Catastrophe ended its fourth and final season this year, ending our time following the tumultuous marriage of Sharon and Rob (played by Sharon Horgan and Rob Delaney respectively) in one of the most pitch-perfect ways possible. Catastrophe, largely billed as a comedy was always able to live up to that part of the bargain while also delivering poignant moments it never got enough credit for. The chemistry of Sharon and Rob was always so perfect, capturing the comfort of a couple that kind of fell into marriage and family but was more than okay with it. The best scenes of the show watched them as they bickered and teased each other before bed, moments that always felt so natural that you forgot that they were on a screen and written with some of the best barbs in the business. Season 4 also found time to address the passing of Rob’s fictional mother, played by the late Carrie Fisher (who would often show up for an episode or two each season to hit a few home runs), throw some shade at the great and also weird state of Massachusetts, and put us in a place that felt okay to leave our favorite couple. Television is often difficult to end because it is built on a lived-in experience: a world that we are just sitting in on for a few years. There’s a natural difficulty to ending a story about a relationship this way, thus the reliance on will-they-won’t-they narratives and marriage as a milestone, but Catastrophe could not have done it better, leaving us in a place of ambiguous optimism that leaves room for life to actually happen.
6. Russian Doll (Netflix)
The first casualty of our shrinking cultural attention span in 2019, Russian Doll seemed to be there and gone in a week. As highlighted in my early season review, Russian Doll takes a timeless premise and makes it feel fresh through its unique tone, point of view, and a masterclass performance by Natasha Lyonne. While it feels especially relevant to the age of television we find ourselves in, it would never work without the heart that the show wears on its sleeve. As the show carried on, that heart revealed itself more and more, pushing the particulars of how high concept premise worked to the background and focusing on what it meant to its characters and the choices they needed to make to save themselves.
7. You’re the Worst (FXX)
Another multi-season journey with an unlikely couple that ended in 2019, You’re the Worst has consistently been one of my favorite shows during its run, a show that I’ve often praised for getting the feeling of their relationship realistically right, while still maintaining the totally crazy antics that make TV fun to watch. It always pushed back against the conventional portrayal of love in sitcoms, instead showing us two incredibly damaged people doing things their way. The final season had its fair share of storytelling curveballs to throw at us, including a number of flash-forwards that struck fear into the hearts of each and every fan of their relationship as they hurtled toward their near-sighted wedding. If you’ve seen the end, you can read how badly this show threw me here. But the ending isn’t the only thing that was excellent about this season of You’re The Worst, including how it grappled with demons that never are truly conquered when Gretchen tries to make a friend, or Edgar and Jimmy finding out what true friendship really is, even if it’s tough.
8. PEN15 (Hulu)
From its decision to place creators and actresses Maya Erskine and Anna Konkle (32-year-olds) as 13-year-olds alongside other middle-school aged actors to its incredible dedication to finding the correct early-2000s reference at every turn. PEN15 epitomizes everything about growing up and going through puberty in excruciatingly hard-to-watch detail, putting you right back in middle school in your own mind. Every extreme emotional swing is captured and evoked in you as you watch Maya discover masturbation or Anna dealing with her parents’ marital problems. While the show tends to focus on the female experience of puberty (and the life changes that accompany it), PEN15 isn’t just a series of jokes about periods and thongs, it gets to the feelings of belonging, acceptance, and sharing it all with your best friend in a way that is relatable to anyone.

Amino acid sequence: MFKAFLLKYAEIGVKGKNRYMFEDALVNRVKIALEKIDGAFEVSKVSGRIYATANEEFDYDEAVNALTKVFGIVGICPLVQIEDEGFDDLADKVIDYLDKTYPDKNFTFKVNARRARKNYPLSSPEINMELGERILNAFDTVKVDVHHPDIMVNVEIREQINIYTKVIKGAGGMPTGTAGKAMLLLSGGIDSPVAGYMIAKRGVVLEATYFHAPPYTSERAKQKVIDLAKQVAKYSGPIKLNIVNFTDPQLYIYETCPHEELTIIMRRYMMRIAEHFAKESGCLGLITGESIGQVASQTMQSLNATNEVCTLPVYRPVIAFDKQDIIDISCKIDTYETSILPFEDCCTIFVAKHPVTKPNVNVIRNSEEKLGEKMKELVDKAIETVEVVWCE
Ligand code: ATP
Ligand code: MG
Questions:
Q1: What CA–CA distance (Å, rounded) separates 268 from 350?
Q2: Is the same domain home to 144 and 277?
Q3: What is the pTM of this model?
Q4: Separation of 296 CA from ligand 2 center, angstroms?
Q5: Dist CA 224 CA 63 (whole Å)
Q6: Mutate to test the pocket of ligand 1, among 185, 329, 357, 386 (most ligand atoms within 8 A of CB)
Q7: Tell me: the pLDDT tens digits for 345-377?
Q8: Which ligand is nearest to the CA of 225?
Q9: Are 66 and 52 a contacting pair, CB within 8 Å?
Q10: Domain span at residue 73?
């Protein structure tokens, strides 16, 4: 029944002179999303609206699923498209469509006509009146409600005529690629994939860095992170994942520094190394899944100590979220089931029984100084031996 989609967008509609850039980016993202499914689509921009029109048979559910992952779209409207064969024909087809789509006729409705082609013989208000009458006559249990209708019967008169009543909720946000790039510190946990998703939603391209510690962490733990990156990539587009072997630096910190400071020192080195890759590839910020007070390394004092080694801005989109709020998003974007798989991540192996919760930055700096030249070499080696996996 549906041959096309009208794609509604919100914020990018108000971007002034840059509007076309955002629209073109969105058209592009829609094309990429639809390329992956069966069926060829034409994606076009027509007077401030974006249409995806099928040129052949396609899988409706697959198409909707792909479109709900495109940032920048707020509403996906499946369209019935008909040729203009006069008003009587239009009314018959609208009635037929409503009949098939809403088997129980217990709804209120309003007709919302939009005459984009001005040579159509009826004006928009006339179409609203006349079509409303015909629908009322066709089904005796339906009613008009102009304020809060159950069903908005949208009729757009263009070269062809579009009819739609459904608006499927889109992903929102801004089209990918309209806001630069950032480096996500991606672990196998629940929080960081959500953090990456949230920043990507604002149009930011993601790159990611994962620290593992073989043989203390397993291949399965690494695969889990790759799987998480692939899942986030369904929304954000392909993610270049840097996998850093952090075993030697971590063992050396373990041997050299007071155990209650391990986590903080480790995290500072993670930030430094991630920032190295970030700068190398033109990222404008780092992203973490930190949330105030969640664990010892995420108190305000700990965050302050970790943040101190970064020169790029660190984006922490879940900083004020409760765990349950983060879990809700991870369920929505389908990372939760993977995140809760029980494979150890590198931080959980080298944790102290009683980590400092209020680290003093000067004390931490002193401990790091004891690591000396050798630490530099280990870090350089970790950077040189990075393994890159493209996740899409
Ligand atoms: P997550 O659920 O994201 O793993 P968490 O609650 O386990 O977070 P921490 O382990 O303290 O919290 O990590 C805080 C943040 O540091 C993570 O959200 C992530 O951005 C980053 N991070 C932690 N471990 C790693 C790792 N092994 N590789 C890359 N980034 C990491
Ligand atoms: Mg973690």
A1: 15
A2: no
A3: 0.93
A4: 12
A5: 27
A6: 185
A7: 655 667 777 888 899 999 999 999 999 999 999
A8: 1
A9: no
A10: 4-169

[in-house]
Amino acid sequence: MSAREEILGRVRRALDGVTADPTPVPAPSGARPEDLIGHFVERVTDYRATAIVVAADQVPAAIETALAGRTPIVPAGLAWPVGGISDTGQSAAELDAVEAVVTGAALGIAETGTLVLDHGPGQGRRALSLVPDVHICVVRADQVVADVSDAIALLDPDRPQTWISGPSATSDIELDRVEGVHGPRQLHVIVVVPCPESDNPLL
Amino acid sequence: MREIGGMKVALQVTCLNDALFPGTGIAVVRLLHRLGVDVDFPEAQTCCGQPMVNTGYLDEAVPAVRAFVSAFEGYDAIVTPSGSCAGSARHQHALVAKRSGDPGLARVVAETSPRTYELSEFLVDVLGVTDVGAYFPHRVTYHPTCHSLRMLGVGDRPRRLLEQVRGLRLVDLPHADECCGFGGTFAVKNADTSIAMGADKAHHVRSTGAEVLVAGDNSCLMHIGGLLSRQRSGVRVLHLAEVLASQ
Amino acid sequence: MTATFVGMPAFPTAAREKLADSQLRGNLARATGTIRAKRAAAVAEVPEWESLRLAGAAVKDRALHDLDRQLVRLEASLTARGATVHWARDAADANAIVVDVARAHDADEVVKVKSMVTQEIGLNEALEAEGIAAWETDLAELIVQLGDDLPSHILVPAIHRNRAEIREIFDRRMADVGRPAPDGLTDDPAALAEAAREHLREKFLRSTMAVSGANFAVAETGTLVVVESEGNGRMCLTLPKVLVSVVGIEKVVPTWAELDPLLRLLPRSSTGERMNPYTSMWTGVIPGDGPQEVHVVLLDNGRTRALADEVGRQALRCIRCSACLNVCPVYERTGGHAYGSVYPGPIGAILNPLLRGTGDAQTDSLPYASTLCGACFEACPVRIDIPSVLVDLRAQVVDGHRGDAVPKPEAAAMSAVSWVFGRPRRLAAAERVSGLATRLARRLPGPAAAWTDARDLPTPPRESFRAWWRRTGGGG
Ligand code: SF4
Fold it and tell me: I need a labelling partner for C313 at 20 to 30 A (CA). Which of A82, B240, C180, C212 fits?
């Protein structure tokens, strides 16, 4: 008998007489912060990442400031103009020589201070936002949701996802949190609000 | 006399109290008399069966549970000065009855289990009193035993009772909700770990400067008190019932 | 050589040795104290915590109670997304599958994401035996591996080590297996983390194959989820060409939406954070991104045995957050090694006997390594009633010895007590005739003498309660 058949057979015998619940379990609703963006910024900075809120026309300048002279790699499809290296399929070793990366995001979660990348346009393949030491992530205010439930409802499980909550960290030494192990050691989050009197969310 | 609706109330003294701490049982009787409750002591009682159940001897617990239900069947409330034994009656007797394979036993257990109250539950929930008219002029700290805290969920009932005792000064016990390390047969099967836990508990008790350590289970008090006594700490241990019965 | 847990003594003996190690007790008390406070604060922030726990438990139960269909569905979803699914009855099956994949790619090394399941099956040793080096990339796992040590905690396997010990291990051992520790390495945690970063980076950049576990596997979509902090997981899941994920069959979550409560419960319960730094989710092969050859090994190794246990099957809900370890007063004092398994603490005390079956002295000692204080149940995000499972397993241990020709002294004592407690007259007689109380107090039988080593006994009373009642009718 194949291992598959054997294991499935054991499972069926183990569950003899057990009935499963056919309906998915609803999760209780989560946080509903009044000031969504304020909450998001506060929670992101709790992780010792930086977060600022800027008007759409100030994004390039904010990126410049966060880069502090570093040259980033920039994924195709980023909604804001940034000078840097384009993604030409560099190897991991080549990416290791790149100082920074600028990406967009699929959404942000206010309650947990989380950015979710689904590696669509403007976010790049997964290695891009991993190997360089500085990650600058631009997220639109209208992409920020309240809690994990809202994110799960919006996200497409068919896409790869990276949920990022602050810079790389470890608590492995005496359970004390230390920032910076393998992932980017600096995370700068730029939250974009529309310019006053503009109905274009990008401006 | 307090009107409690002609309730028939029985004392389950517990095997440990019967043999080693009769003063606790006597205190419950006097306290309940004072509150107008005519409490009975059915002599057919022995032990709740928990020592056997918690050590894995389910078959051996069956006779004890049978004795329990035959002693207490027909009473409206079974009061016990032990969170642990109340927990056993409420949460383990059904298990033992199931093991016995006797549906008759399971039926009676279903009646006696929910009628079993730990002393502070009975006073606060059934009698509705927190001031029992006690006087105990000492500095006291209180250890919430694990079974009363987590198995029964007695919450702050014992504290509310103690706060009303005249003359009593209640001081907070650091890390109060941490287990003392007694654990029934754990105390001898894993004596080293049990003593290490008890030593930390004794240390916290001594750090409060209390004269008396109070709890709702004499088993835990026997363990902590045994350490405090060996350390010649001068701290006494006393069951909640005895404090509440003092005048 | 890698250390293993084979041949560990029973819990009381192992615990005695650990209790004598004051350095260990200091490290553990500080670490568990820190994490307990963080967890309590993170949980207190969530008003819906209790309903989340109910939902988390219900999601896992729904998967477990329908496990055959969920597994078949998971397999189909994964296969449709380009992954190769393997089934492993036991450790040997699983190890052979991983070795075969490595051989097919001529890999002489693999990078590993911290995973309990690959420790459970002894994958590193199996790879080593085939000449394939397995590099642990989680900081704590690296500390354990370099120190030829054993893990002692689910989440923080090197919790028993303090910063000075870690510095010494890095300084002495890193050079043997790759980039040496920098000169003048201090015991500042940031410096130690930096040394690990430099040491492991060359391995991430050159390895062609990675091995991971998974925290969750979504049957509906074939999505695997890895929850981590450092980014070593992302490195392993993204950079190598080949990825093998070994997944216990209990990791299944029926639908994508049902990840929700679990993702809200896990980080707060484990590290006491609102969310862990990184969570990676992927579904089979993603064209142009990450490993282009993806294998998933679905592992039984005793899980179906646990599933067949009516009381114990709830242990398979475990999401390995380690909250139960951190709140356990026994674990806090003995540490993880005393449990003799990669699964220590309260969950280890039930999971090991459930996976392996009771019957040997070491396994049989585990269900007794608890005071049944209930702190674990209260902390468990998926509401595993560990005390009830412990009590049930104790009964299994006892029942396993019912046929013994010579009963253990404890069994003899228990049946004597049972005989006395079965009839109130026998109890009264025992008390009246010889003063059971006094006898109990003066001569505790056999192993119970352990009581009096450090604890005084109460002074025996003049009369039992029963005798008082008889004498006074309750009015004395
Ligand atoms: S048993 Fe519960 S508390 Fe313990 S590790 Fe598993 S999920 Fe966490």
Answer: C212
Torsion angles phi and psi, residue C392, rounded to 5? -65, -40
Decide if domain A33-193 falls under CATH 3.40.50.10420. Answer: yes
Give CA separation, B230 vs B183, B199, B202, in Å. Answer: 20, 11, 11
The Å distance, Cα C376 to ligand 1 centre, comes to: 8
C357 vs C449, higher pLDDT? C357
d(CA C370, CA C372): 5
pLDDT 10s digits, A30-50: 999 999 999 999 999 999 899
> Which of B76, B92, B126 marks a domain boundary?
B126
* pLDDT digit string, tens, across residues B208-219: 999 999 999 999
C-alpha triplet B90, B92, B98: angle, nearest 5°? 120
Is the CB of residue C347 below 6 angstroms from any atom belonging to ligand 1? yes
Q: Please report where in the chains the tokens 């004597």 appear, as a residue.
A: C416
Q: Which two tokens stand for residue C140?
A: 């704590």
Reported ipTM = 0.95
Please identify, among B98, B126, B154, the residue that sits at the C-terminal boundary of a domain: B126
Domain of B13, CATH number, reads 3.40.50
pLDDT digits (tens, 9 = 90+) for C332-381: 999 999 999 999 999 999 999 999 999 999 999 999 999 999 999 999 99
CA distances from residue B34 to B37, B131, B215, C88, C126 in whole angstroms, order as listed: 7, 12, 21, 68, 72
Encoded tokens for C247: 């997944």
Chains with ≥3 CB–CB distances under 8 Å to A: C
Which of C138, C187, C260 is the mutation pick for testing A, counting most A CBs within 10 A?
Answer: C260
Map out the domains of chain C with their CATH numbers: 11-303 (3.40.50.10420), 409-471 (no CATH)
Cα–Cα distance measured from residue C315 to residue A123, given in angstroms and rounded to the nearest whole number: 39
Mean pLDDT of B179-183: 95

9. Sex Education (Netflix)
Like many shows on this list, Sex Education is equal parts comedy and drama, but sprinkles in its own brand of education on top. The topic of “sex” is something that Americans are notoriously closed off about, so it makes sense that only a show that blends American and British teen drama tropes would be able to reach us: it’s just recognizable enough to learn something from and just far enough away to not make it uncomfortable. And learning about sex is important, not just to avoid disease and unwanted pregnancy, but more importantly, because sex at its core is about communication and understanding. While Sex Education spends a good chunk of time diving into issues like erectile dysfunction, abortion, and sexual orientation, it’s much more about that core idea of listening and learning about the people around you.
10. Single Parents (ABC)
With all of the shiny objects on streaming services and prestige cable networks, it can be easy to forget about meat and potatoes sitcoms. That definition undersells Single Parents, an ensemble comedy from JJ Philbin and New Girl creator Elizabeth Meriwether that follows (you guessed it) five single parents from very different backgrounds who band together to help each other raise their children. The premise of a television show is often about forcing people together who wouldn’t normally be friends, whether that’s through a workplace, a bar, or a family, and while Single Parents is no different, it isn’t afraid to stretch that as far as humanly possible. Every parent is single for a different reason, fills a different demographic, and while their children are all the same age, they couldn’t be more different. The result is a quick moving and witty comedy that juggles a huge cast without leaving anyone behind, and embracing the personalities of both its characters and actors.